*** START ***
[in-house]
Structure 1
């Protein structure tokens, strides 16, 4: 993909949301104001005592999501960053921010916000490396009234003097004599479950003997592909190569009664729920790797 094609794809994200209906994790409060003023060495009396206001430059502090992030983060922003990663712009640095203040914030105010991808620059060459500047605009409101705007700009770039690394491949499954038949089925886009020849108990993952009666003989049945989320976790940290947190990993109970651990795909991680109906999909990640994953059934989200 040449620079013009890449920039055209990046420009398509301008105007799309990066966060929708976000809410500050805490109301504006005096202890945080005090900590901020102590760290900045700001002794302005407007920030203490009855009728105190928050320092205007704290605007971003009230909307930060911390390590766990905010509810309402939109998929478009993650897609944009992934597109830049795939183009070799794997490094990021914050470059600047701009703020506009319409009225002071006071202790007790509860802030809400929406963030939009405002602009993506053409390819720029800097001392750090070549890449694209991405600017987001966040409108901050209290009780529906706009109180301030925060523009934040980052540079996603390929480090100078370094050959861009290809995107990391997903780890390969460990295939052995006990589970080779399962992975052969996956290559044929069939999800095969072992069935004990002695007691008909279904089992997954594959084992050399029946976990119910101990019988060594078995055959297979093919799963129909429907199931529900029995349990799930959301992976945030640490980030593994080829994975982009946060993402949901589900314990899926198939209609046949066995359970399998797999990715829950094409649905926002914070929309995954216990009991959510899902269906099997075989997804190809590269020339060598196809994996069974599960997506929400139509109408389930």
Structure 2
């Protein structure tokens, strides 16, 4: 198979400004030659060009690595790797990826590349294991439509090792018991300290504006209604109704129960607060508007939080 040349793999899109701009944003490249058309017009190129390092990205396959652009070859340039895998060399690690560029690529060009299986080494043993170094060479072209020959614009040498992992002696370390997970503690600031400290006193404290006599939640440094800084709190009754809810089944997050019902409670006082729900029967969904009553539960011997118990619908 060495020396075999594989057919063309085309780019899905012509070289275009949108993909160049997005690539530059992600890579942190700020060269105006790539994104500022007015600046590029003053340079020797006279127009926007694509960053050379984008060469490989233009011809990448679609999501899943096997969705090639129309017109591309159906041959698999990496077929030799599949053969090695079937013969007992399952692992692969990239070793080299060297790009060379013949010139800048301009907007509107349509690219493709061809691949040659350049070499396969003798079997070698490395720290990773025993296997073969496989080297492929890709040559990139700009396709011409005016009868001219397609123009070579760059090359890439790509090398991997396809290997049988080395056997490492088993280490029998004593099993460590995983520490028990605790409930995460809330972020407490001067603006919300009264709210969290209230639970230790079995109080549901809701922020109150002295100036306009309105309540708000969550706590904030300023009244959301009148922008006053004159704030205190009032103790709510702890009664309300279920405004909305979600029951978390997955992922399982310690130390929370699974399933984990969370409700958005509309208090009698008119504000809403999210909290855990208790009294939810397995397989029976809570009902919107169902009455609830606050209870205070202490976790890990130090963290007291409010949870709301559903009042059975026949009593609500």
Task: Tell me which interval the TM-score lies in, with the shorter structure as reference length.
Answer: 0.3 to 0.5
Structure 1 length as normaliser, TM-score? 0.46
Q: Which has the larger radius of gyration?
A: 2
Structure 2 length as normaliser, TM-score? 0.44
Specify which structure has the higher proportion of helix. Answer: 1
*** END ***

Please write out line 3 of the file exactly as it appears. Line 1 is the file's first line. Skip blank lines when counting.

């Protein structure tokens, strides 16, 4: 993909949301104001005592999501960053921010916000490396009234003097004599479950003997592909190569009664729920790797 094609794809994200209906994790409060003023060495009396206001430059502090992030983060922003990663712009640095203040914030105010991808620059060459500047605009409101705007700009770039690394491949499954038949089925886009020849108990993952009666003989049945989320976790940290947190990993109970651990795909991680109906999909990640994953059934989200 040449620079013009890449920039055209990046420009398509301008105007799309990066966060929708976000809410500050805490109301504006005096202890945080005090900590901020102590760290900045700001002794302005407007920030203490009855009728105190928050320092205007704290605007971003009230909307930060911390390590766990905010509810309402939109998929478009993650897609944009992934597109830049795939183009070799794997490094990021914050470059600047701009703020506009319409009225002071006071202790007790509860802030809400929406963030939009405002602009993506053409390819720029800097001392750090070549890449694209991405600017987001966040409108901050209290009780529906706009109180301030925060523009934040980052540079996603390929480090100078370094050959861009290809995107990391997903780890390969460990295939052995006990589970080779399962992975052969996956290559044929069939999800095969072992069935004990002695007691008909279904089992997954594959084992050399029946976990119910101990019988060594078995055959297979093919799963129909429907199931529900029995349990799930959301992976945030640490980030593994080829994975982009946060993402949901589900314990899926198939209609046949066995359970399998797999990715829950094409649905926002914070929309995954216990009991959510899902269906099997075989997804190809590269020339060598196809994996069974599960997506929400139509109408389930």